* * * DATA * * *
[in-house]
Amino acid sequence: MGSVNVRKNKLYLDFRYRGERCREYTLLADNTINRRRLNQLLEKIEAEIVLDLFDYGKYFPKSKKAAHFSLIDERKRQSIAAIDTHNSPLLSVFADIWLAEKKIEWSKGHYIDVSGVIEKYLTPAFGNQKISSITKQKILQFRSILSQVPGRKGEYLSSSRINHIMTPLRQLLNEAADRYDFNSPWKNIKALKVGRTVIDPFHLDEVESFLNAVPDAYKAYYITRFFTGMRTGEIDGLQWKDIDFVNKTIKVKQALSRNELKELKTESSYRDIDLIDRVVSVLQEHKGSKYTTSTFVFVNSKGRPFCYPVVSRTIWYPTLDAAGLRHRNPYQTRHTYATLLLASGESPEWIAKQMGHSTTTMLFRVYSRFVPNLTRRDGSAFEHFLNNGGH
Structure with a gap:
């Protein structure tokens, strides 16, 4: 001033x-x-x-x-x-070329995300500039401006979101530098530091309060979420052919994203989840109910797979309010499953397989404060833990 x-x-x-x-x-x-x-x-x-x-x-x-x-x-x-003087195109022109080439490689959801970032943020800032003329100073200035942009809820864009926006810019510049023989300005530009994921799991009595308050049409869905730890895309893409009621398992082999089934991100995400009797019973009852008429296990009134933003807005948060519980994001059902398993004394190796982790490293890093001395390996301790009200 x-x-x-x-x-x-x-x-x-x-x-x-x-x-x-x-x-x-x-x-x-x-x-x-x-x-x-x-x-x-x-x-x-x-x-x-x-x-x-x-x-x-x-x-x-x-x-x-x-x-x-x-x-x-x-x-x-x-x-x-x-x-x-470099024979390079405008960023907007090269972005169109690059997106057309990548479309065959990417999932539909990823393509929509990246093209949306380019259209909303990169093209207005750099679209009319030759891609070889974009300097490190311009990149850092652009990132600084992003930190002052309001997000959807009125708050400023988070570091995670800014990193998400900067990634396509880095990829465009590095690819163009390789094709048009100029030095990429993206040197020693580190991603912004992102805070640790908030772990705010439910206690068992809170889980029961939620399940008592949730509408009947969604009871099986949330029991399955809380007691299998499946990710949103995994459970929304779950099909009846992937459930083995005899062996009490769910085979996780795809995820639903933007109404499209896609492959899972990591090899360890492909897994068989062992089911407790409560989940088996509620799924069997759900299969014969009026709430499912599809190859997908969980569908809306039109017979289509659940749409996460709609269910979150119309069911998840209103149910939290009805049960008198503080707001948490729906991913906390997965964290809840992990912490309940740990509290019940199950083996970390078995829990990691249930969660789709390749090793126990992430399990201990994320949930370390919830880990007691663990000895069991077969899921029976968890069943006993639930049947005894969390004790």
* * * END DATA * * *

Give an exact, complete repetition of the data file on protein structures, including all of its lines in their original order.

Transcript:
[in-house]
Amino acid sequence: MGSVNVRKNKLYLDFRYRGERCREYTLLADNTINRRRLNQLLEKIEAEIVLDLFDYGKYFPKSKKAAHFSLIDERKRQSIAAIDTHNSPLLSVFADIWLAEKKIEWSKGHYIDVSGVIEKYLTPAFGNQKISSITKQKILQFRSILSQVPGRKGEYLSSSRINHIMTPLRQLLNEAADRYDFNSPWKNIKALKVGRTVIDPFHLDEVESFLNAVPDAYKAYYITRFFTGMRTGEIDGLQWKDIDFVNKTIKVKQALSRNELKELKTESSYRDIDLIDRVVSVLQEHKGSKYTTSTFVFVNSKGRPFCYPVVSRTIWYPTLDAAGLRHRNPYQTRHTYATLLLASGESPEWIAKQMGHSTTTMLFRVYSRFVPNLTRRDGSAFEHFLNNGGH
Structure with a gap:
């Protein structure tokens, strides 16, 4: 001033x-x-x-x-x-070329995300500039401006979101530098530091309060979420052919994203989840109910797979309010499953397989404060833990 x-x-x-x-x-x-x-x-x-x-x-x-x-x-x-003087195109022109080439490689959801970032943020800032003329100073200035942009809820864009926006810019510049023989300005530009994921799991009595308050049409869905730890895309893409009621398992082999089934991100995400009797019973009852008429296990009134933003807005948060519980994001059902398993004394190796982790490293890093001395390996301790009200 x-x-x-x-x-x-x-x-x-x-x-x-x-x-x-x-x-x-x-x-x-x-x-x-x-x-x-x-x-x-x-x-x-x-x-x-x-x-x-x-x-x-x-x-x-x-x-x-x-x-x-x-x-x-x-x-x-x-x-x-x-x-x-470099024979390079405008960023907007090269972005169109690059997106057309990548479309065959990417999932539909990823393509929509990246093209949306380019259209909303990169093209207005750099679209009319030759891609070889974009300097490190311009990149850092652009990132600084992003930190002052309001997000959807009125708050400023988070570091995670800014990193998400900067990634396509880095990829465009590095690819163009390789094709048009100029030095990429993206040197020693580190991603912004992102805070640790908030772990705010439910206690068992809170889980029961939620399940008592949730509408009947969604009871099986949330029991399955809380007691299998499946990710949103995994459970929304779950099909009846992937459930083995005899062996009490769910085979996780795809995820639903933007109404499209896609492959899972990591090899360890492909897994068989062992089911407790409560989940088996509620799924069997759900299969014969009026709430499912599809190859997908969980569908809306039109017979289509659940749409996460709609269910979150119309069911998840209103149910939290009805049960008198503080707001948490729906991913906390997965964290809840992990912490309940740990509290019940199950083996970390078995829990990691249930969660789709390749090793126990992430399990201990994320949930370390919830880990007691663990000895069991077969899921029976968890069943006993639930049947005894969390004790």